Subjective Reasoning tackles everything from Europe’s immigration problems to the landmark copyright infringement case Art Rogers vs Jeff Koons, which Drenttel says, is the first time modern art has gone on trial in America. ‘The real point is, all these things are about something. These are not promotions where the designer takes his favourite little collection out of some dusty drawer and publishes the cute things he likes. If we’re going to spend money and swamp designers, we have the responsibility to put something out that’s worth reading.’ Apparently Champion agrees. After producing six issues last year, the mill has committed itself to at least six more.
Another well known, thought-provoking promotional series is the recent Potpourri, by Gilbert Paper Company. In Potpourri, four designers are each given the same topic (anything from freedom of expression to illiteracy) and allowed to produce a piece expressing their feelings on the subject. Cincinnati-based designer Lori Siebert, a typical target for such promotions, says she refers to Potpourri time and again for inspiration. ‘There have been some really strong things to come out of that,’ she remarks. ‘I think they’re powerful both verbally and visually, so they stand out in my mind.’
Approaching the issue of content in a much more visually explosive manner is another Gilbert promotion, Give and Take, designed to introduce the mill’s Esse line to the Australian market. Rick Valicenti, of Thirst, Chicago, developed the piece – the closest any paper promotion has so far come to an artist’s self-portrait – from concept to finish. ‘I had the opportunity to create something that wasn’t trying to be a paper promotion,’ he says. ‘Paper promotions have treated designers like idiots. The paper companies have spent so much money running presses, making paper and mailing these things, they’ve failed to give thought to what it is they’re trying to show.’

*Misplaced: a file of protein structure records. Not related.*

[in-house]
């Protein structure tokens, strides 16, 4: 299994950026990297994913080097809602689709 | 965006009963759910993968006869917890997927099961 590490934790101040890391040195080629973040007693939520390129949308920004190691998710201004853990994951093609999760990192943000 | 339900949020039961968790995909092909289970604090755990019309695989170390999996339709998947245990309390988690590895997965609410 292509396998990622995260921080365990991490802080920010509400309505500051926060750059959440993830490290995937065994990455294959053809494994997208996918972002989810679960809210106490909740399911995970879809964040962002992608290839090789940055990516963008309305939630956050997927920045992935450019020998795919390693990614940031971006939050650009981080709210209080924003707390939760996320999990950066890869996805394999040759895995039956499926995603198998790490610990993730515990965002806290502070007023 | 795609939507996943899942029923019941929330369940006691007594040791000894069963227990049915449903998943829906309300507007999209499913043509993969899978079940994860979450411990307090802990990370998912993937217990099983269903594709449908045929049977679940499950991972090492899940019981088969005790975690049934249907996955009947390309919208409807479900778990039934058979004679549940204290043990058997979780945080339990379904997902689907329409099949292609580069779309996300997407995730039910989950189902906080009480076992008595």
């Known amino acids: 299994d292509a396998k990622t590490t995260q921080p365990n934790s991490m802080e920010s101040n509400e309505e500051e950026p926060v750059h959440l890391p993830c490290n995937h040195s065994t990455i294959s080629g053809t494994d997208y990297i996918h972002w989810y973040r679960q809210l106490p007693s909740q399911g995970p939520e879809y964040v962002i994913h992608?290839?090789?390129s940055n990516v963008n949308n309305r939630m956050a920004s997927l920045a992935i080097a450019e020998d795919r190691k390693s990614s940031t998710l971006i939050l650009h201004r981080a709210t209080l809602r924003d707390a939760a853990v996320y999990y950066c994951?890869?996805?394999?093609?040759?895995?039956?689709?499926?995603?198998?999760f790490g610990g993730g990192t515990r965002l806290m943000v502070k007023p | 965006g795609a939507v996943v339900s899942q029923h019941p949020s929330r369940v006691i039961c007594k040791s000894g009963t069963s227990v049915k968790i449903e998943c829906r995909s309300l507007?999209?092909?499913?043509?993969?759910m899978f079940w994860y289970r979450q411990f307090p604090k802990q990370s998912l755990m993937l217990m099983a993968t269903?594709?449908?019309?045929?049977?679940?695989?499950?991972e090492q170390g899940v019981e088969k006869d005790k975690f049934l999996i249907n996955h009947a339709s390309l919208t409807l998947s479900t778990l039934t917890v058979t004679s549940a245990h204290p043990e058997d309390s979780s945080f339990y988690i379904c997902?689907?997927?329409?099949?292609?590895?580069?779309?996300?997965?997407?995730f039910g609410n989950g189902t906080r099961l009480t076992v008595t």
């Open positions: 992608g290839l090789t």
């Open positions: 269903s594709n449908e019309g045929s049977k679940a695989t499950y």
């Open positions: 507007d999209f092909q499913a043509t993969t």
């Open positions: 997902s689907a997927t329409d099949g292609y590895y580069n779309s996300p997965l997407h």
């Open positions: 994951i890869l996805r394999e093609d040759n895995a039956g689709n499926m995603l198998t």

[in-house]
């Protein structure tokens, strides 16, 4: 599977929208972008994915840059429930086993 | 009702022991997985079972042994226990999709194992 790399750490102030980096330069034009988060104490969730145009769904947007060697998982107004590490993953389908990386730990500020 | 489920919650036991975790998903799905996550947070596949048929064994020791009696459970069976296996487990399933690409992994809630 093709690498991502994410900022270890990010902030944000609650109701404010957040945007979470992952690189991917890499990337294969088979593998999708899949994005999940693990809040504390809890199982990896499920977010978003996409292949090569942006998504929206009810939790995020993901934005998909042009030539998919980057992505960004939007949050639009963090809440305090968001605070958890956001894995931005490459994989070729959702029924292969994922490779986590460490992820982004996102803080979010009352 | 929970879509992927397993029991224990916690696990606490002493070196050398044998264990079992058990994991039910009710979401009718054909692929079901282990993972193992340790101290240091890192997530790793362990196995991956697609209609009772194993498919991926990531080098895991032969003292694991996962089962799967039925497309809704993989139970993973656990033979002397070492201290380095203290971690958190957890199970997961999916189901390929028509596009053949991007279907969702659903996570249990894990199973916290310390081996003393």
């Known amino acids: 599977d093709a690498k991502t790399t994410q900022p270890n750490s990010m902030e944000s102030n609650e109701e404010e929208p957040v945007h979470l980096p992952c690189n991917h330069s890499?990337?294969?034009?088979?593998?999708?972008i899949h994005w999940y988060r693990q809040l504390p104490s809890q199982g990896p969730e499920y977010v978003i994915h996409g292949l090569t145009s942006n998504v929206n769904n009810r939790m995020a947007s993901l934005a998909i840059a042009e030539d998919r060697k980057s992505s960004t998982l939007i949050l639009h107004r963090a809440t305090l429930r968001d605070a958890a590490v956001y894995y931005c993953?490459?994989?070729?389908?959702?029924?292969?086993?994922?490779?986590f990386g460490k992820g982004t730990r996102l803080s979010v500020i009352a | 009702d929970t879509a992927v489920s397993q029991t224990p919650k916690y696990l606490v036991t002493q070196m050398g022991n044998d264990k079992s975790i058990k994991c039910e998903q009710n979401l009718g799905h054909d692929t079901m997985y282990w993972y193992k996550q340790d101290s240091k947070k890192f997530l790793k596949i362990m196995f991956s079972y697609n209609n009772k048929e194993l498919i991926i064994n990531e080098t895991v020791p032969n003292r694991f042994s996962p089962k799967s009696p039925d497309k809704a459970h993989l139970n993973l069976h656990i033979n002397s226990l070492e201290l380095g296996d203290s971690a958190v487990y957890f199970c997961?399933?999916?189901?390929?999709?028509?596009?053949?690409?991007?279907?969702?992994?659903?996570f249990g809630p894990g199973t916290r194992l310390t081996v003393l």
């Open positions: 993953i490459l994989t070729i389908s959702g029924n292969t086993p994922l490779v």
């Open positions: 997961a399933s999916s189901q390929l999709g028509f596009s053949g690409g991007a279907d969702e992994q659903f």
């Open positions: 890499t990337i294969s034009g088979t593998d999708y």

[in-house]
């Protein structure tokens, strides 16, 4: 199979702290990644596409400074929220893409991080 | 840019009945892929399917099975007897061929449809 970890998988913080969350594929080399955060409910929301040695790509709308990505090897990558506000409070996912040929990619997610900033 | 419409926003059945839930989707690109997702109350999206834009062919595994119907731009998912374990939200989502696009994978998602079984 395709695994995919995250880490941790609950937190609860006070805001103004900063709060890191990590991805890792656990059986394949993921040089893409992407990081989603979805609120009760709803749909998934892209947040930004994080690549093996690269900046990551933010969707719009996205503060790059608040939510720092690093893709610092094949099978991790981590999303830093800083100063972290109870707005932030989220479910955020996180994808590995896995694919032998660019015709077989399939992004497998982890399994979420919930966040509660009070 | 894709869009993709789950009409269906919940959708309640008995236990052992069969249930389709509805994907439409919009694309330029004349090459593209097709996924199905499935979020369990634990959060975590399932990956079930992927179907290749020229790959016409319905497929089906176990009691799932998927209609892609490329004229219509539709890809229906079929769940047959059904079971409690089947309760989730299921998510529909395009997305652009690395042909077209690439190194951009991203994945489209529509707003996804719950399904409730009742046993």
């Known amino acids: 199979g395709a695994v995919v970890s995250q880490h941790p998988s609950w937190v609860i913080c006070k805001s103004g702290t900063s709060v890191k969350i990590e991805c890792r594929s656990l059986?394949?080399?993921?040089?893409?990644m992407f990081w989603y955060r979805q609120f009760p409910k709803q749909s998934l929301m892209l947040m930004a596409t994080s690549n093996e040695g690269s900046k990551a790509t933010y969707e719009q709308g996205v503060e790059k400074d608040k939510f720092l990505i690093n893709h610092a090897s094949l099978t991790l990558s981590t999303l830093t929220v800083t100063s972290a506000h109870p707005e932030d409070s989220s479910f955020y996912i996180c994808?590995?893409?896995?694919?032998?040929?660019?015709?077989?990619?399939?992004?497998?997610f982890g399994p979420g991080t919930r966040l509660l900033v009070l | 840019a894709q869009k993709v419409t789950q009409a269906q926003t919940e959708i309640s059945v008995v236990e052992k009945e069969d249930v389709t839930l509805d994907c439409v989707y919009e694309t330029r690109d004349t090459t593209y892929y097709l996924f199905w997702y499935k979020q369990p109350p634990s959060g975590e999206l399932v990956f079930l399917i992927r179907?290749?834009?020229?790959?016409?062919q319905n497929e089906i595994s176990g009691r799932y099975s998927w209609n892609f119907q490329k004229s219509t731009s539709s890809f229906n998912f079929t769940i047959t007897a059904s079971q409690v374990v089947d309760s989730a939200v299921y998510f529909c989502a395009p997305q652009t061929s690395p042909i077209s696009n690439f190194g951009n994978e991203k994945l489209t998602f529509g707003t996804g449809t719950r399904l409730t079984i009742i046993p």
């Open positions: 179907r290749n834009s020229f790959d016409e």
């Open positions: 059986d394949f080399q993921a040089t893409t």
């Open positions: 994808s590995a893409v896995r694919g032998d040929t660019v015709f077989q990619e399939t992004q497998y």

By taking such chances, Gilbert’s marketing manager, Su McLoughlin, says the company hopes to align itself clearly with the design community by showing that it understands what design is all about. ‘We practise trying to be an enlightened client and so let the designers take it where they want to take it. I pull the reins as infrequently as possible. It clearly reflects that we understand the design process.’
Still, paper promotions, whether content-oriented, informational or glitzy, must sell the product. Can these mills guarantee their content promotions are doing that, or are they merely image builders? ‘I wish I knew,’ laughs Shore. ‘I’d be surprised if a designer told me they bought paper because of Rethinking Design alone. But what it does is to establish the mill as being in tune with what designers want, need and believe in. So then what you hope is that there are certain companies whom designers feel close to because they feel those companies care about designers.
‘That doesn’t mean designers will always buy our product – they may not ever need that product. But when they’re looking for a product of a type that we sell, designers might be more likely to think about us. “That’s really the best we can hope for.”’
Laurel Harper, editor, How magazine
First published in Eye no. 8 vol. 2, 1993
Eye is the world’s most beautiful and collectable graphic design journal, published quarterly for professional designers, students and anyone interested in critical, informed writing about graphic design and visual culture. It is available from all good design bookshops and online at the Eye shop, where you can buy subscriptions and single issues.